Sewable wood

This eco-friendly material of our dreams
lets us treat wood like fabric

“Sewable wood” is a new material made by treating sliced wood 0.12–0.15 mm thick in a special way.
It is characterized by being flexible like fabric, yet still having the texture and fragrance of wood, and it can be processed in a sewing machine.

We created a new material from wood by thinking flexibly

“Sewable wood” is a product that has overturned the fixed concepts of wood.
For more than 70 years, ever since our founding, we have continued to make woodcraft products. Until recently, we made our products based on the concept that wood = hard. However, getting caught up in a single image meant that we couldn’t create new products according to our customers’ wishes. So we thought flexibly, and decided to take a second look at the possibilities of wood.

It was the thin, shaved wood that we use for umbrellas for lighting equipment that inspired us to develop sewable wood. We felt that there were new possibilities in this wood, which was sliced so thinly that light could shine through it.
We developed our sewable wood over ten years through repeated trial and error—it’s wood, but it’s so flexible that it can be folded, and despite this it is also strong. In addition, it has the durability to withstand dozens of washes. Above all else, it has the unique fragrance of wood and the beauty of its grain. This new material, which surprised everyone, has opened the door to new expressions created with wood.

Wear it, touch it, carry it
Always keep the warmth of wood close

“Sewable wood” has expanded the possibilities of wood, and has been applied to a variety of products ever since it was created. This material, which offers the comfort of nature, has become a multifaceted item used for fashion, other goods, interiors, and more, and is coloring our world.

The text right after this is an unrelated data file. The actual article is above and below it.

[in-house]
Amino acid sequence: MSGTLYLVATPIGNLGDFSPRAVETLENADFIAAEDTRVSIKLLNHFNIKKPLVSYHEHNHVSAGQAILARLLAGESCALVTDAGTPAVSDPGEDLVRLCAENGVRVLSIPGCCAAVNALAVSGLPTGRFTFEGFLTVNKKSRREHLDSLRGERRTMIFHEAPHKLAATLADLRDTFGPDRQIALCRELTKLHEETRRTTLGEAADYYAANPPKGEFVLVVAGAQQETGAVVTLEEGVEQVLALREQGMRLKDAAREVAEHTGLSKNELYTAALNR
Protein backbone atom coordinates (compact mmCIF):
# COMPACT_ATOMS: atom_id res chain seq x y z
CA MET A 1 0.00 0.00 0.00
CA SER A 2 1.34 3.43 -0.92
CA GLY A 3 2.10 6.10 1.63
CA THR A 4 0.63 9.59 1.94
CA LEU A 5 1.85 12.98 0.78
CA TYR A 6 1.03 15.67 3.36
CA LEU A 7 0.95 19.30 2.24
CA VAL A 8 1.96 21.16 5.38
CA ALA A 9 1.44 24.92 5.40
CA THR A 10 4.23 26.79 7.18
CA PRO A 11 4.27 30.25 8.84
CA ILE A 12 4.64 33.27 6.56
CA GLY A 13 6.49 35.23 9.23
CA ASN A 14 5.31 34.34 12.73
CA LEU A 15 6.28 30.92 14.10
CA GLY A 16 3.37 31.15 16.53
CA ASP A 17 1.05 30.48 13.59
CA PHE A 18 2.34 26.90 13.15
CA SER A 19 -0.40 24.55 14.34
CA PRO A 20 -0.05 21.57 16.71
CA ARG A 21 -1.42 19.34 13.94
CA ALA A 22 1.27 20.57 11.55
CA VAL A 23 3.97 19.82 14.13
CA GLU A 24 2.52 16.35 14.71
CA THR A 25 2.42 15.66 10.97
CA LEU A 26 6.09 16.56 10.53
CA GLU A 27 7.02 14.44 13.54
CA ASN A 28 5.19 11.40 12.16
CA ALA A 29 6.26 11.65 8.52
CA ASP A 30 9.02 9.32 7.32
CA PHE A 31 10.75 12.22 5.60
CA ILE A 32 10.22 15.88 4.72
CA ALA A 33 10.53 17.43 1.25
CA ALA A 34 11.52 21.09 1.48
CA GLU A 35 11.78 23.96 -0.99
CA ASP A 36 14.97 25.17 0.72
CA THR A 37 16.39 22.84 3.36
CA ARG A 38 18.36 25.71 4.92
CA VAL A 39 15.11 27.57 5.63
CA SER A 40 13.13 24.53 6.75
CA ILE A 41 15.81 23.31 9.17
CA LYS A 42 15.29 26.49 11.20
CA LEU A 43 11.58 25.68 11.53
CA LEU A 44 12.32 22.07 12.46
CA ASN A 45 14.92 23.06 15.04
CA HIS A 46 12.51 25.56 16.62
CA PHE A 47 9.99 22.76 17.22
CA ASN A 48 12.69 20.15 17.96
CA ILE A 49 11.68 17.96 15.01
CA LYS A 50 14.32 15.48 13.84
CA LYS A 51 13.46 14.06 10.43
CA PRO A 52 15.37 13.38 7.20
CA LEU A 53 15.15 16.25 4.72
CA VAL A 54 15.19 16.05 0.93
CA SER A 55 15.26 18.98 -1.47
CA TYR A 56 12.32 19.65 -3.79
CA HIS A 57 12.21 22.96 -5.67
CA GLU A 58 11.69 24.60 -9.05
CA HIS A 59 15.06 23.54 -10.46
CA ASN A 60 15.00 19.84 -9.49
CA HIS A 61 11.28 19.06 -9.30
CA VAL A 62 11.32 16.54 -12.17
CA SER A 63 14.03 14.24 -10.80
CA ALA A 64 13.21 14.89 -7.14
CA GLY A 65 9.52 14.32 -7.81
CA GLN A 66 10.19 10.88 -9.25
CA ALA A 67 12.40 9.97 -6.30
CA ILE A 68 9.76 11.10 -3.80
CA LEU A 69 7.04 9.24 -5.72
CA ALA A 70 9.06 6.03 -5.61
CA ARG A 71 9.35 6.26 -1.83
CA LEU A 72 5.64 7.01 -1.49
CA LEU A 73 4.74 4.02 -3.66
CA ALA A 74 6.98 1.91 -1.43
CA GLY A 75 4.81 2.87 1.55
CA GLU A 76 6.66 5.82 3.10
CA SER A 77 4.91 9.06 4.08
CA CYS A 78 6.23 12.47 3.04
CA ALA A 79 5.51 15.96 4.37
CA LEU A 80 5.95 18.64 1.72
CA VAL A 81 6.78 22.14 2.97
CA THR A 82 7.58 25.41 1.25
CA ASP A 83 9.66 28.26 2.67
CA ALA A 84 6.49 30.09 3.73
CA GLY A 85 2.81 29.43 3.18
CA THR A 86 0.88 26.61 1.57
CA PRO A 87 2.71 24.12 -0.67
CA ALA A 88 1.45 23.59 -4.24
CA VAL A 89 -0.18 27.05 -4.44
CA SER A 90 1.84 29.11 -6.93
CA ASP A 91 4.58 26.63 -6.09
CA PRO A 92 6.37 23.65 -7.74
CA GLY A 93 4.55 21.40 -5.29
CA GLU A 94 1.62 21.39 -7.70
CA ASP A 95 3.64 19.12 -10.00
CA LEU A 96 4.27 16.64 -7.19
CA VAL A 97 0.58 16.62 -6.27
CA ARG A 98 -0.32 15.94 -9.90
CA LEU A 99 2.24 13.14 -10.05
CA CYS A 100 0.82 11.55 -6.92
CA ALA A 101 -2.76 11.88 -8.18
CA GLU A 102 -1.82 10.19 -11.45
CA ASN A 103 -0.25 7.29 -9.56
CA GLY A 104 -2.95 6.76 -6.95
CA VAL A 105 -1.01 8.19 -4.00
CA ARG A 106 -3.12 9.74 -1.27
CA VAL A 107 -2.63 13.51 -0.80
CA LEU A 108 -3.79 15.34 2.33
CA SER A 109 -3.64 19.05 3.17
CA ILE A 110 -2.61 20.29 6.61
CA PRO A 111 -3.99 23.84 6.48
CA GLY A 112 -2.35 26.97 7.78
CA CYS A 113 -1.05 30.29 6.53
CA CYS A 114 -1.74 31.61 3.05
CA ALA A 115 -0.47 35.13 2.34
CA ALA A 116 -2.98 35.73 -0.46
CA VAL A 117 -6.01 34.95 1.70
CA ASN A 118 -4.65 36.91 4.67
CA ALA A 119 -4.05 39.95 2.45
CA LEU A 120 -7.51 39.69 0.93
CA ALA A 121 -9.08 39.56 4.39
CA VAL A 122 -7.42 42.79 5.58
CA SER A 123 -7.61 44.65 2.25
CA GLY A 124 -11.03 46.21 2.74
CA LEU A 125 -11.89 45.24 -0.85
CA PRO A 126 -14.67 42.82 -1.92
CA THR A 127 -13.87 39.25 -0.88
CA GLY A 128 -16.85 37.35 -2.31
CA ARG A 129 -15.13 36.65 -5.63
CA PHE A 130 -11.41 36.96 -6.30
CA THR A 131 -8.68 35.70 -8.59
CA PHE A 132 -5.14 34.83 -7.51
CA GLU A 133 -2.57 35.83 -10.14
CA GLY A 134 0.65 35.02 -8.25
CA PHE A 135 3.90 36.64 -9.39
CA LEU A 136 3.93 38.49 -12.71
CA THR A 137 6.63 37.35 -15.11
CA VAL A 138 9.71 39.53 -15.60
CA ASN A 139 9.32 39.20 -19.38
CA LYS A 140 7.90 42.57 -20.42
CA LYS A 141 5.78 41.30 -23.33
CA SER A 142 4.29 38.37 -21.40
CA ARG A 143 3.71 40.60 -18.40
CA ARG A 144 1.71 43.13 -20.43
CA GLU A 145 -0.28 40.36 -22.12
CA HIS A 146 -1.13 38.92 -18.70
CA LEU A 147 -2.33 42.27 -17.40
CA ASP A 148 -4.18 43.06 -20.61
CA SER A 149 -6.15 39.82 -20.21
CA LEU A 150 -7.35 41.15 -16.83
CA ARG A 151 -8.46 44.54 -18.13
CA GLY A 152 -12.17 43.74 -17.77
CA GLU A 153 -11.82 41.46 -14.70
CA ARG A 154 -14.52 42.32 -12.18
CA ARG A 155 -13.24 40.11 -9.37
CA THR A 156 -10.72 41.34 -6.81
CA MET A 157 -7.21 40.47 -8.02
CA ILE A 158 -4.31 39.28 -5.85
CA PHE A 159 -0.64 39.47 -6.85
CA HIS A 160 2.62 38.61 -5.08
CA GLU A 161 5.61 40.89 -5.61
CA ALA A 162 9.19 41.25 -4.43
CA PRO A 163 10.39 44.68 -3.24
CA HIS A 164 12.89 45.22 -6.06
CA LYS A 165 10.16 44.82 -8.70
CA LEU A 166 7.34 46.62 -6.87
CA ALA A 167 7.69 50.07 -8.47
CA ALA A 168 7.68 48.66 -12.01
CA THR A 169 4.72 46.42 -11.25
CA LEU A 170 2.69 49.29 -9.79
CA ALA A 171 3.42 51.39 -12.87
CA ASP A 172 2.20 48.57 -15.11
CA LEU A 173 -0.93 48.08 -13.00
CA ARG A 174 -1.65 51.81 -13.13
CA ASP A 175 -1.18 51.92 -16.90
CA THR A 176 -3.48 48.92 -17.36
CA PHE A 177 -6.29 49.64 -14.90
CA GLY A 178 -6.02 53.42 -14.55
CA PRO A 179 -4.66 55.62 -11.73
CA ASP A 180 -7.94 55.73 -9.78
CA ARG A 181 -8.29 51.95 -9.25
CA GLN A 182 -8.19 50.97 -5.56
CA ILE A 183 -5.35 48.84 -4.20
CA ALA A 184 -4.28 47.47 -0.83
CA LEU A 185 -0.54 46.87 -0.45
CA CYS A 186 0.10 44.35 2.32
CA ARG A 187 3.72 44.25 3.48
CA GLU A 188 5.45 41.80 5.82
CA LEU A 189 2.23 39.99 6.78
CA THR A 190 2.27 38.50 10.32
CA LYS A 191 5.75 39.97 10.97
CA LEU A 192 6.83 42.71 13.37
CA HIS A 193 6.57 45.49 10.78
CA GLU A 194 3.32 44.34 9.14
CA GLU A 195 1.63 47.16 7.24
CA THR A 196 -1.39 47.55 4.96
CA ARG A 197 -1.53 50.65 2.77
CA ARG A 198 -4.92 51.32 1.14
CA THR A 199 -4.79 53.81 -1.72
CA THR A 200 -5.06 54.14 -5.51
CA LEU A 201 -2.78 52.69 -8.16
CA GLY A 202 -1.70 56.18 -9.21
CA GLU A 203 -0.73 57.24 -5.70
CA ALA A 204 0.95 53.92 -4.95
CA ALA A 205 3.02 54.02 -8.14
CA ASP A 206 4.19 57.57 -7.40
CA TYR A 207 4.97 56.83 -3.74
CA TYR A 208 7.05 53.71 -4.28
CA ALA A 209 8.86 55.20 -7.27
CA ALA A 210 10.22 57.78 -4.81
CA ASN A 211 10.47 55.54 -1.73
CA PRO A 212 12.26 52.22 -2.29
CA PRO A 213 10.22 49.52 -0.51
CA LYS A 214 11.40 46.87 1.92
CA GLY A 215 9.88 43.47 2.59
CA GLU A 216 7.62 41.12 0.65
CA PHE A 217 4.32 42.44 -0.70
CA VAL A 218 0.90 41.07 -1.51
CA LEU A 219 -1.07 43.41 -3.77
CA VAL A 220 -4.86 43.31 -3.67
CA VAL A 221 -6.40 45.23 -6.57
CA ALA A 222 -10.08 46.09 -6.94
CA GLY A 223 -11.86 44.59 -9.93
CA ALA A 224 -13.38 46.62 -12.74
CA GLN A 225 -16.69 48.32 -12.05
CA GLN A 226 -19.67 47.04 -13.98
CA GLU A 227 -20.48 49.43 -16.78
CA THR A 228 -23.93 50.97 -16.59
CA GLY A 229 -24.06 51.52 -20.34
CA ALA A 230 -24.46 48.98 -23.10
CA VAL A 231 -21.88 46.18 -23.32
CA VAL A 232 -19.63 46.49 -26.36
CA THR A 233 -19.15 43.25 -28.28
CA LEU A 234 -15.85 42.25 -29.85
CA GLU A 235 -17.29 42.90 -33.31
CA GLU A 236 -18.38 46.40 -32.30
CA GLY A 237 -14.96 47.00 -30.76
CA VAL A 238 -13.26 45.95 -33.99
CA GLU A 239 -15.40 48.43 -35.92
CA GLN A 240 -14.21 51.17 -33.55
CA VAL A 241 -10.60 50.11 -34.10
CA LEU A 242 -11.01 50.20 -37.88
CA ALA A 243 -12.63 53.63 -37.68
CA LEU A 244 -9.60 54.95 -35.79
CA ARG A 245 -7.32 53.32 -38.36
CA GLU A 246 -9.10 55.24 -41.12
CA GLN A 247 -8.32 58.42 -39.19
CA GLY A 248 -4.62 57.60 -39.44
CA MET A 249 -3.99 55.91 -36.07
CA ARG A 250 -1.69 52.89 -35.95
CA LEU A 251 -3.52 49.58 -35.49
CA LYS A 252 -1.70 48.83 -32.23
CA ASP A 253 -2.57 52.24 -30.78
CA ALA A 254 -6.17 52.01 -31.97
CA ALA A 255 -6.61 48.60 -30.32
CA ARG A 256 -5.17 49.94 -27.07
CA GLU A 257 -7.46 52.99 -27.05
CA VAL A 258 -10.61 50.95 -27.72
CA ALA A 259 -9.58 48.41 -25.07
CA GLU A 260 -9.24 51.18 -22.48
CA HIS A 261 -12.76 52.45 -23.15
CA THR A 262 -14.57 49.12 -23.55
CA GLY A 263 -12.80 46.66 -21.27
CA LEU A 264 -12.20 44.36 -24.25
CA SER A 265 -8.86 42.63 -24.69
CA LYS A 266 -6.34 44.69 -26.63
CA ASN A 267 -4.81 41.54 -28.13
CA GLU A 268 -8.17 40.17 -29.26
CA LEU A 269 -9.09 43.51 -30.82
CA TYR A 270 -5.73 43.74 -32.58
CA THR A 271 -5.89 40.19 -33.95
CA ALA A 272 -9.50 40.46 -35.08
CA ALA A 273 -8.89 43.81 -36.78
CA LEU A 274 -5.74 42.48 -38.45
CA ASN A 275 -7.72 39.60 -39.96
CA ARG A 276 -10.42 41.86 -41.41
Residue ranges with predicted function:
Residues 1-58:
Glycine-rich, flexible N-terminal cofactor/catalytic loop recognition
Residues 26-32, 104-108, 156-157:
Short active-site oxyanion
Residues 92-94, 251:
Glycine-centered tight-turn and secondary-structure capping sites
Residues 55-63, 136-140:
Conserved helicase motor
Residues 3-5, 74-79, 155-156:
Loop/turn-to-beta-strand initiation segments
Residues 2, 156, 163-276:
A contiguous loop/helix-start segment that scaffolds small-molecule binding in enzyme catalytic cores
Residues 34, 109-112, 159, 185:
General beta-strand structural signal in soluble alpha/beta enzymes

Types of sewable wood

We offer seven sheets of six types of wood, all grown in Japan: black persimmon, figured ash, figured Japanese horse chestnut, cherry, Japanese cypress, and Japanese cedar
Sheet size: 90 × 180 cm/30 × 90 cm
*Please be aware that as these are natural woods, the grain of each will differ.


Black persimmon
One in 10,000 persimmon trees live for hundreds of years and fulfil several criteria. These trees grow to have beautiful black and white patterns, and are known as black persimmons. They have been treated with great care as valuable treasures from ancient times—a number of the treasures in the Shosoin Repository, a famous treasure house in Nara, are made from black persimmon.

Figured ash
Ash has clear tree rings; the boundary between the sapwood and the heartwood is clear, with pale yellow-white sapwood and dark brown heartwood. This sometimes creates beautiful grains. Burl ash has circular swirls, and the complex patterns give a sense of the wonder of nature’s tapestry; this grain is one that collectors covet.

Figured Japanese horse chestnut
This wood has fine bark. It displays colors from a pale red-yellow to a tan brown, and its surface has a luster like silk. Figured Japanese horse chestnut, with ripple marks, is especially prized, with a high rarity value. It may be wood, but it has a beautiful brilliance and silk-like suppleness.

Cherry has a straight grain and narrow tree rings. Its wood is fine and solid, and its age is somewhat unclear. It is moderately hard, and is a good timber to use as a material because it doesn’t warp much. It has a wide range of uses, including as a material for high-level construction, for furniture, for utensils, and for musical instruments. Cherry is especially familiar to Japanese people, to whom it is a beloved tree.

Japanese cypress
The sapwood of this tree is a pale yellow-white, while the heartwood ranges from yellow-white to dusky pink. The difference between the sapwood and the heartwood isn’t very clear. This wood has a characteristic fragrance, which is liked by many different people. It has a wide array of uses: in addition to its role as a material for high-level construction, including shrines and temples, it is used for joinery, fittings, and furniture.

Japanese cedar
The boundary between this tree’s sapwood and heartwood is clear: the sapwood is white, and the heartwood ranges from a dusky pink color to a reddish brown, occasionally tending towards blackish brown. It has a clear, straight grain. Japanse cedar wood is straight and light, and is not prone to warping. This wood also has a stunning grain and a characteristic fragrance—it is an excellent wood that is widely loved.